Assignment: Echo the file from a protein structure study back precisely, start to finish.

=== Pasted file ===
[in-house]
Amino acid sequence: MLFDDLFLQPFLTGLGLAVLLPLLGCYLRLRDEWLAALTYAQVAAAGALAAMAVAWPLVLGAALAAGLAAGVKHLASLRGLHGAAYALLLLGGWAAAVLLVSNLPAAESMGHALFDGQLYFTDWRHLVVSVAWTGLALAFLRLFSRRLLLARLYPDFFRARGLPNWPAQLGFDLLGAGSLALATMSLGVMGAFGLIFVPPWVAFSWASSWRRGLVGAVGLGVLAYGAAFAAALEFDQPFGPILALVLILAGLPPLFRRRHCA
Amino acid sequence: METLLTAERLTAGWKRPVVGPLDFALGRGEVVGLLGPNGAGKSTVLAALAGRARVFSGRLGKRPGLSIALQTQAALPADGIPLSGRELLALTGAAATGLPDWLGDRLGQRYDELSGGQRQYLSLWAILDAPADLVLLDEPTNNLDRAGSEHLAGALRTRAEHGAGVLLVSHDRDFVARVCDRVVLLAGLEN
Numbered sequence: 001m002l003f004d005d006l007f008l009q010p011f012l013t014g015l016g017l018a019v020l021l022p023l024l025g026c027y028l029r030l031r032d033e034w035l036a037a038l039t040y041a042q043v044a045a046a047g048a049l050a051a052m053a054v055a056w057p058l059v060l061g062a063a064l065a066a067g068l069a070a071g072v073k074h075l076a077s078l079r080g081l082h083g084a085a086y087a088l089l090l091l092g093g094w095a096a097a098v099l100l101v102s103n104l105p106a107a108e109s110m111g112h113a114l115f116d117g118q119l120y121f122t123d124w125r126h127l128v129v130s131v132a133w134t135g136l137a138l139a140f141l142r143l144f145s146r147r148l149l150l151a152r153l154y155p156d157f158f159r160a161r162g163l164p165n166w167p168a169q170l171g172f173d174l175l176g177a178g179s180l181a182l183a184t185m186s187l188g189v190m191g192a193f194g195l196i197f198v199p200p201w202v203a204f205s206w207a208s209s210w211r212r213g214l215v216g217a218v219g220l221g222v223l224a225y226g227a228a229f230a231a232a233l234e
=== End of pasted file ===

[in-house]
Amino acid sequence: MLFDDLFLQPFLTGLGLAVLLPLLGCYLRLRDEWLAALTYAQVAAAGALAAMAVAWPLVLGAALAAGLAAGVKHLASLRGLHGAAYALLLLGGWAAAVLLVSNLPAAESMGHALFDGQLYFTDWRHLVVSVAWTGLALAFLRLFSRRLLLARLYPDFFRARGLPNWPAQLGFDLLGAGSLALATMSLGVMGAFGLIFVPPWVAFSWASSWRRGLVGAVGLGVLAYGAAFAAALEFDQPFGPILALVLILAGLPPLFRRRHCA
Amino acid sequence: METLLTAERLTAGWKRPVVGPLDFALGRGEVVGLLGPNGAGKSTVLAALAGRARVFSGRLGKRPGLSIALQTQAALPADGIPLSGRELLALTGAAATGLPDWLGDRLGQRYDELSGGQRQYLSLWAILDAPADLVLLDEPTNNLDRAGSEHLAGALRTRAEHGAGVLLVSHDRDFVARVCDRVVLLAGLEN
Numbered sequence: 001m002l003f004d005d006l007f008l009q010p011f012l013t014g015l016g017l018a019v020l021l022p023l024l025g026c027y028l029r030l031r032d033e034w035l036a037a038l039t040y041a042q043v044a045a046a047g048a049l050a051a052m053a054v055a056w057p058l059v060l061g062a063a064l065a066a067g068l069a070a071g072v073k074h075l076a077s078l079r080g081l082h083g084a085a086y087a088l089l090l091l092g093g094w095a096a097a098v099l100l101v102s103n104l105p106a107a108e109s110m111g112h113a114l115f116d117g118q119l120y121f122t123d124w125r126h127l128v129v130s131v132a133w134t135g136l137a138l139a140f141l142r143l144f145s146r147r148l149l150l151a152r153l154y155p156d157f158f159r160a161r162g163l164p165n166w167p168a169q170l171g172f173d174l175l176g177a178g179s180l181a182l183a184t185m186s187l188g189v190m191g192a193f194g195l196i197f198v199p200p201w202v203a204f205s206w207a208s209s210w211r212r213g214l215v216g217a218v219g220l221g222v223l224a225y226g227a228a229f230a231a232a233l234e